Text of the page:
Music Record Shop's Dan Sexauer Talks About Local Vinyl And More
Dan Sexauer has been passionate about music—and a part of the scene—for more than ten years. After studying music management, working at local venues like The Old Rock House and 2720, along with Madison House (a booking agency out of Boulder, CO) and playing guitar for a band called Laite, Sexauer has seen a lot of different sides to the music industry. “I feel fairly comfortable with knowing most of the people in the scene in one way or another,” he says.
Now, kicking back to enjoy the show, Sexauer watches the music scene go by from behind the counter of Music Record Shop—a relatively new addition to The Grove. The shop has not only hit the ground running as far as business goes, but has earned a slot in the hearts of local music collectors and creators. Surrounded by new and old vinyl, from classic to modern day records, Sexauer finds himself in the midst of music heaven explaining, “I think it’s cool when record stores are a hub where people can talk music whether it’s local or national acts,” he says. “It’s a meeting place for music-lovers and it’s cool when you can be comfortable with the staff. I think we’re small enough that we can have a personal aspect with the customer and I take pride in that.”
You can catch Sexauer spinning his favorite records at The Gramophone every third Sunday of the month. Check out the Q+A below for all things Music Record Shop, and its involvement in our music community.
How did the shop come about?
Mark Carter (owner) started a website first. He opened up a shop in Kirkwood, and then he heard about the opportunity at this location. I was told about the shop coming around by Brandon Cavanagh from The Demo. [The music venue located next door.]
When did the shop open?
Who would you say is your biggest clientele?
It varies. There’s the guys who have always been collecting since vinyl was more prominent, but then there is a whole market of people just getting into it. It’s fairly diverse.
How did you get the job?
I worked with slackers before—I always like to be around music. I got Mark’s contact, we took a meeting and he liked my resume. I’ve been there since it opened. I went full time with it August 2015.
What do you like most about working there?
It’s a cool gig ’cause I get to do a variety of things and it’s always evolving. From the event booking to social media, and some of the ordering. It’s typically exciting.
Can you talk about an album that came through the shop that you found unique or exciting?
There’s a really cool local band, Staghorn—they had really unique packaging. I’ve never seen anything like it. They are a couple from Florida, and moved here somewhat recently. They do amplifier and guitar petal custom modifications on Cherokee—it’s called Mills Custom. They put the record in a burlap sack, it was a colored vinyl, kind of pink & white swirl. It definitely stood out to me—one of the coolest local packaging that’s come through.
Who else works in the shop?
How do you find the records to put in store?
It’s a collaborative process between staff and customers. The staff definitely has a bit of an input, but we’re always listening to customers to hear what they want, too.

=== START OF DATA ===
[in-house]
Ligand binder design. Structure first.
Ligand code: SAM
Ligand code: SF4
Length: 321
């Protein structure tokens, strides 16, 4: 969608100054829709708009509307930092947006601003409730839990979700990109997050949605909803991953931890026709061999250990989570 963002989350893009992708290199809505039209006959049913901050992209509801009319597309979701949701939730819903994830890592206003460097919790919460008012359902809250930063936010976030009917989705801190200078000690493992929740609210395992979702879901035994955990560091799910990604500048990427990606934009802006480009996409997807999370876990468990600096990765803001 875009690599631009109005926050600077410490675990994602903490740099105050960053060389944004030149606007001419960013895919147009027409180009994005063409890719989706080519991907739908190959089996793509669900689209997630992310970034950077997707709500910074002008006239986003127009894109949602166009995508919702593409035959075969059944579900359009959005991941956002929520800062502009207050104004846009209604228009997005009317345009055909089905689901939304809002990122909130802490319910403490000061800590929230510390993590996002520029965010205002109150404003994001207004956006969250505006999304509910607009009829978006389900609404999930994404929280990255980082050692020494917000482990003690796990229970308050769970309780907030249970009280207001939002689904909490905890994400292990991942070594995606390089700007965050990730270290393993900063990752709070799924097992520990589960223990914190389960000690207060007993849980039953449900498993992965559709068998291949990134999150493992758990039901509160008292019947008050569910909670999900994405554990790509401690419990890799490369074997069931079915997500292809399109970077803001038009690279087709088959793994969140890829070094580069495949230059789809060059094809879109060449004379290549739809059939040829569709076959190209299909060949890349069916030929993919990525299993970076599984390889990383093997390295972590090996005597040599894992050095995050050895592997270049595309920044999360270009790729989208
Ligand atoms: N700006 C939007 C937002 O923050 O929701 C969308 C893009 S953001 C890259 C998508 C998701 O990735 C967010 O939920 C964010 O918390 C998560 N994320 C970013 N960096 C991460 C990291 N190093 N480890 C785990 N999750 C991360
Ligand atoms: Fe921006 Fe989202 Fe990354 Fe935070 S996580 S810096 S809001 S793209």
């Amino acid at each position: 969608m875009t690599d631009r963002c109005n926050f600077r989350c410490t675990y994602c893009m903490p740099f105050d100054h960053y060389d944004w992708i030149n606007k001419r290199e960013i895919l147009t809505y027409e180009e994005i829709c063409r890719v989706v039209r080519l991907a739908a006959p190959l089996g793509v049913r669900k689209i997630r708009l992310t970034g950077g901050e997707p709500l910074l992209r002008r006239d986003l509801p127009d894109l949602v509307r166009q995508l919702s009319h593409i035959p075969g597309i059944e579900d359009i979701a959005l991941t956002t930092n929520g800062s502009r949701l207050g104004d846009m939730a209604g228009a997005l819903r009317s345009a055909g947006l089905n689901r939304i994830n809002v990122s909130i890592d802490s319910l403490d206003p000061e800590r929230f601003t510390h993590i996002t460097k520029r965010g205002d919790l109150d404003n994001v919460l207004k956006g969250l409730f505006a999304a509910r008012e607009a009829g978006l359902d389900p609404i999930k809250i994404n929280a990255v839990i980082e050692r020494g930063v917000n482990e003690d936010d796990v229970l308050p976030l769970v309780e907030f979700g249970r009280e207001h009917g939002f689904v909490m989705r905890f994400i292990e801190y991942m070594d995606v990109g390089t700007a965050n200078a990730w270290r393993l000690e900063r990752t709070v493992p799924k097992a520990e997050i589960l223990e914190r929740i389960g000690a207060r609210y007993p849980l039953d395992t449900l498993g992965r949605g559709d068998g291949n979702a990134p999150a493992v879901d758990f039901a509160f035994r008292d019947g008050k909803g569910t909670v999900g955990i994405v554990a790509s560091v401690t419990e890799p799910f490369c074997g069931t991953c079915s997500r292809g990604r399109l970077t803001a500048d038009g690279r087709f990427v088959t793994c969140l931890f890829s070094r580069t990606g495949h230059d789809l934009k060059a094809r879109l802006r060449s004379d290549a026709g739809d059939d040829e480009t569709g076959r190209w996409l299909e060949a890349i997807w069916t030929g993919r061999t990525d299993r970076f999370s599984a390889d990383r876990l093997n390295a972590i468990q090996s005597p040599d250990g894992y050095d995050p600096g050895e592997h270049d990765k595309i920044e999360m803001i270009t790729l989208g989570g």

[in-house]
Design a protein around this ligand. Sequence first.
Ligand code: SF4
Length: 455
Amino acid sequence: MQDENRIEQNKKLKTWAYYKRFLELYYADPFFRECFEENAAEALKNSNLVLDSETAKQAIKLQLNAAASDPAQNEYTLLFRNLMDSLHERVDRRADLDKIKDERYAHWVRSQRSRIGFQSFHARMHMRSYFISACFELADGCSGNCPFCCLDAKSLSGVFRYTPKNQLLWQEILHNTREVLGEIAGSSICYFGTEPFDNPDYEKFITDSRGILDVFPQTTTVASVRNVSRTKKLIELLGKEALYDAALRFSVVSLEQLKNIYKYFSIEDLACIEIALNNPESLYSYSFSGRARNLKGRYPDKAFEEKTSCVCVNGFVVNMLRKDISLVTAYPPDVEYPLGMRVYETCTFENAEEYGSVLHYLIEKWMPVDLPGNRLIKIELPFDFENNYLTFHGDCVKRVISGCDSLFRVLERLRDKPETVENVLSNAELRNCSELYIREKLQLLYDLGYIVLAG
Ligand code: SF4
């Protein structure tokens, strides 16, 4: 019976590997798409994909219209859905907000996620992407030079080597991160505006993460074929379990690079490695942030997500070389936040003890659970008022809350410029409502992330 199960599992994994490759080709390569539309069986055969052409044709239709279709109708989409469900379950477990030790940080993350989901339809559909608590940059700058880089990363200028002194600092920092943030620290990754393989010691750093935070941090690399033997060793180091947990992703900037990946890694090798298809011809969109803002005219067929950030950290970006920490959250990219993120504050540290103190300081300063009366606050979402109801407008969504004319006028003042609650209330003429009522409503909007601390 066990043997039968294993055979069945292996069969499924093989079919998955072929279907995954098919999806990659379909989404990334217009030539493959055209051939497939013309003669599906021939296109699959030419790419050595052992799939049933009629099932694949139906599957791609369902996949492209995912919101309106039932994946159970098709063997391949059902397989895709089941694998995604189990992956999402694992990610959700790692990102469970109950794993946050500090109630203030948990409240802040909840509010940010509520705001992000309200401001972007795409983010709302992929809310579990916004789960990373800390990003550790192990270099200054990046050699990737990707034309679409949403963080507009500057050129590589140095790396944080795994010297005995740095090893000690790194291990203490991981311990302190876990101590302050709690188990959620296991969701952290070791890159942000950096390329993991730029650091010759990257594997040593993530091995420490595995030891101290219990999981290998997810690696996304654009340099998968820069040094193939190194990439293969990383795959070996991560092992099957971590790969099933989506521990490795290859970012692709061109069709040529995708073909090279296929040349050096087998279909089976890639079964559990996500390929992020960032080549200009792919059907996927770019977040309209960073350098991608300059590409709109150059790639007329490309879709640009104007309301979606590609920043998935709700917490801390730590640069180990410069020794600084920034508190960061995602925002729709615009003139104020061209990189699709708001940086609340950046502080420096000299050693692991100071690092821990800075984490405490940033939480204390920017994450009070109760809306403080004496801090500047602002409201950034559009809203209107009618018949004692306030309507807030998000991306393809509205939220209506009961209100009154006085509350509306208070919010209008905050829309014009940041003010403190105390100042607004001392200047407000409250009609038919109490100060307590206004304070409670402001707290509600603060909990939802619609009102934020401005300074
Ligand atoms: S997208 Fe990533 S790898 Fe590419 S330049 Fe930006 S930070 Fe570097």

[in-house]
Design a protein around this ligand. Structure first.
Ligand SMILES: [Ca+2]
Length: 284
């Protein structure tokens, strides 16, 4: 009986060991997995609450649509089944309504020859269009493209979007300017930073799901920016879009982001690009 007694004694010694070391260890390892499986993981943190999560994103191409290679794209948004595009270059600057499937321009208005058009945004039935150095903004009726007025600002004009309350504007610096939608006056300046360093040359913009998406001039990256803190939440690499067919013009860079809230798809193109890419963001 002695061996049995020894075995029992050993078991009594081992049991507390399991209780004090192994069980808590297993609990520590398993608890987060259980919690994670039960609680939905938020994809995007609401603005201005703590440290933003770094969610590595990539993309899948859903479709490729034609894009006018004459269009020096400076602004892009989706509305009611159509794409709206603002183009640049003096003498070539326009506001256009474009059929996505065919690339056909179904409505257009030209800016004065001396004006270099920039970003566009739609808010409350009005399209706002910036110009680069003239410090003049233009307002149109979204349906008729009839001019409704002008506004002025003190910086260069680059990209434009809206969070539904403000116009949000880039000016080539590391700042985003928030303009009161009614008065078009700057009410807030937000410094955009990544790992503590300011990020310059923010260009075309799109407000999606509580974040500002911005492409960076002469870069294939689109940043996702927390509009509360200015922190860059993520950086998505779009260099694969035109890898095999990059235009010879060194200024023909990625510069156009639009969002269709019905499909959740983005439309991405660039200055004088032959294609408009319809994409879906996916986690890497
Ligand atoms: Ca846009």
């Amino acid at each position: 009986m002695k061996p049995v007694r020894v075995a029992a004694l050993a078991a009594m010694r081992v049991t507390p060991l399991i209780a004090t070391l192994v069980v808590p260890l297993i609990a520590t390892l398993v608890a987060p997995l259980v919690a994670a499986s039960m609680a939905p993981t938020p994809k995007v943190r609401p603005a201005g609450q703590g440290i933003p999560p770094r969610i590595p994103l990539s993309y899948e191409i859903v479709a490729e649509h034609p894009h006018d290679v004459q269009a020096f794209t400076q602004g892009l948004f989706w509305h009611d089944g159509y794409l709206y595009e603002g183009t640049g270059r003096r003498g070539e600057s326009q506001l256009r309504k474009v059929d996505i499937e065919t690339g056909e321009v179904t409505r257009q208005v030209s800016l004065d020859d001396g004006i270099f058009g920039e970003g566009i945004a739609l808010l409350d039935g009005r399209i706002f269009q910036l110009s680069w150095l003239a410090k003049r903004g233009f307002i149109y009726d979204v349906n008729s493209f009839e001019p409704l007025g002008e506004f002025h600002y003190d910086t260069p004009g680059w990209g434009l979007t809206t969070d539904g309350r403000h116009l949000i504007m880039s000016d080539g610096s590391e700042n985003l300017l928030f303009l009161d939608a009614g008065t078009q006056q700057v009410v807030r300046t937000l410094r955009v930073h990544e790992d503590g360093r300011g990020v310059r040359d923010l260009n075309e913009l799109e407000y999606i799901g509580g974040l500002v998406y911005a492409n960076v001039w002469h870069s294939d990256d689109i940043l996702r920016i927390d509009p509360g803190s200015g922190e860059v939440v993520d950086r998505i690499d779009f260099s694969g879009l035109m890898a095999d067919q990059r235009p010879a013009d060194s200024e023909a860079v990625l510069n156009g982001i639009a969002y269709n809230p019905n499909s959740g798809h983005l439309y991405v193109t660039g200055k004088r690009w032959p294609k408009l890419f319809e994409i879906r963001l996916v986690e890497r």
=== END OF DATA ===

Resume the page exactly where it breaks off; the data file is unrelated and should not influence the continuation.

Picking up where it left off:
What is the goal of Music Record Shop? What does it hope to represent in our community?
We will outright buy local releases on the spot—skip the consignment. Also, [Carter, the owner] has been doing replication—cassette, CD, DVD. You take your finished product to him, with your artwork and he’ll do the packaging. He’s done it for Obviously Offbeat (Kevin Koehler‘ new project), Brother Lee’s new record. He’s done it in the past and it’s something he’s revisiting. One thing I can say is it’s [Music Record Shop] very local-centric.
When did the in-store performances start? That was one of my roles right away. I think our first one was Cassette Store Day October 2014. We had The Reverbs, Little Big Bangs, and Boreal Hills—all bands with tape releases. We try to have on average one a week.
Talk about the collection of local music on the shelves.
It’s a mix of vinyl, tape, CDs—7-, 10-, and 12-inch records. It’s a wide variety of styles. We work closely with CaveofSwords, their most recent “Sigils” was probably one of our hotter releases in terms of local. That was also a really cool translucent vinyl, the whole colored vinyl is kinda a big thing on its own. Bruiser Queen did a special release of demos on Cassette Store Day 2015. Boreal Hills did a custom-painted tape where each was painted individually but if the cassettes were put together, it made an image.
Talk about the in-store artwork done by local artists.
Dana Richard Smith is the artist. He goes and photographs shows and then takes his favorite photos and paints them. They are all for sale. The most famous—he did two separate paintings of Jeff Tweedy and Jay Farrar from Mississippi Nights. Dana came to me and had these paintings—he wanted to get them hung somewhere out of storage; it made sense. We get a lot of compliments on those. We work closely with Joey Albanese, too. He does all the chalk art. He’s been doing that since the get go. It’s always been a theme of the shop. He’s done our genre signs hanging above the bins, and he also did the painting on the window.
Do you have any ideas for the future of the shop and its involvement in the STL music scene?
We want to continue what we’re doing with the replication and the local buying. We want to continue to push and promote local records. Also, we’re doing “Turn Table Take Over” with local and touring artists. It’s an event where an artist, a band, a tastemaker in STL runs the sound for a while and they can play their favorite records in the shop.